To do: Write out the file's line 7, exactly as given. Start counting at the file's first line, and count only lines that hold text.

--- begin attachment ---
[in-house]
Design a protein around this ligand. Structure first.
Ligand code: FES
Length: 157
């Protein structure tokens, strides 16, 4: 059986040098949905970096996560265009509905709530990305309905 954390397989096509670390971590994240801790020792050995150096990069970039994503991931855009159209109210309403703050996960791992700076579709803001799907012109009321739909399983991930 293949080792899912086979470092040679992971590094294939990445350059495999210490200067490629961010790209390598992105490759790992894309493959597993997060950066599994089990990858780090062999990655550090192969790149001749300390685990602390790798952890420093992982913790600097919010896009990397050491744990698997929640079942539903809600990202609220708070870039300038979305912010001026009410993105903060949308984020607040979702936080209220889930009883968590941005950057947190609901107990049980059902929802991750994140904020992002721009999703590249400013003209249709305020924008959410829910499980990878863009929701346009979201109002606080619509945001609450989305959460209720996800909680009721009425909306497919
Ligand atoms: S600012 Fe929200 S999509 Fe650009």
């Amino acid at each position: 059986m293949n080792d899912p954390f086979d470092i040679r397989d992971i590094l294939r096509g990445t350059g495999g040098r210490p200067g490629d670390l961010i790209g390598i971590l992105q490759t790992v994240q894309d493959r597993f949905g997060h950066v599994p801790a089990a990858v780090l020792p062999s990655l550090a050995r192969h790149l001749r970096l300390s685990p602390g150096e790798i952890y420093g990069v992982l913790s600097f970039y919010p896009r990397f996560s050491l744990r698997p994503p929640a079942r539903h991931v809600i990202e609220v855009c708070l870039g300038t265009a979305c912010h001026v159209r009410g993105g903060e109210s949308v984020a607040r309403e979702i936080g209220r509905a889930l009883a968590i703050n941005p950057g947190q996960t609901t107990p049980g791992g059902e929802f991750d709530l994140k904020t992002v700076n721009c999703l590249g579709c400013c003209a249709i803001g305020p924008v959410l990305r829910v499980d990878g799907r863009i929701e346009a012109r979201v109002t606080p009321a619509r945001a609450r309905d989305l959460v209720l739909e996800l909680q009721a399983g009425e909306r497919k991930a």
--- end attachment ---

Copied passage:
């Amino acid at each position: 059986m293949n080792d899912p954390f086979d470092i040679r397989d992971i590094l294939r096509g990445t350059g495999g040098r210490p200067g490629d670390l961010i790209g390598i971590l992105q490759t790992v994240q894309d493959r597993f949905g997060h950066v599994p801790a089990a990858v780090l020792p062999s990655l550090a050995r192969h790149l001749r970096l300390s685990p602390g150096e790798i952890y420093g990069v992982l913790s600097f970039y919010p896009r990397f996560s050491l744990r698997p994503p929640a079942r539903h991931v809600i990202e609220v855009c708070l870039g300038t265009a979305c912010h001026v159209r009410g993105g903060e109210s949308v984020a607040r309403e979702i936080g209220r509905a889930l009883a968590i703050n941005p950057g947190q996960t609901t107990p049980g791992g059902e929802f991750d709530l994140k904020t992002v700076n721009c999703l590249g579709c400013c003209a249709i803001g305020p924008v959410l990305r829910v499980d990878g799907r863009i929701e346009a012109r979201v109002t606080p009321a619509r945001a609450r309905d989305l959460v209720l739909e996800l909680q009721a399983g009425e909306r497919k991930a």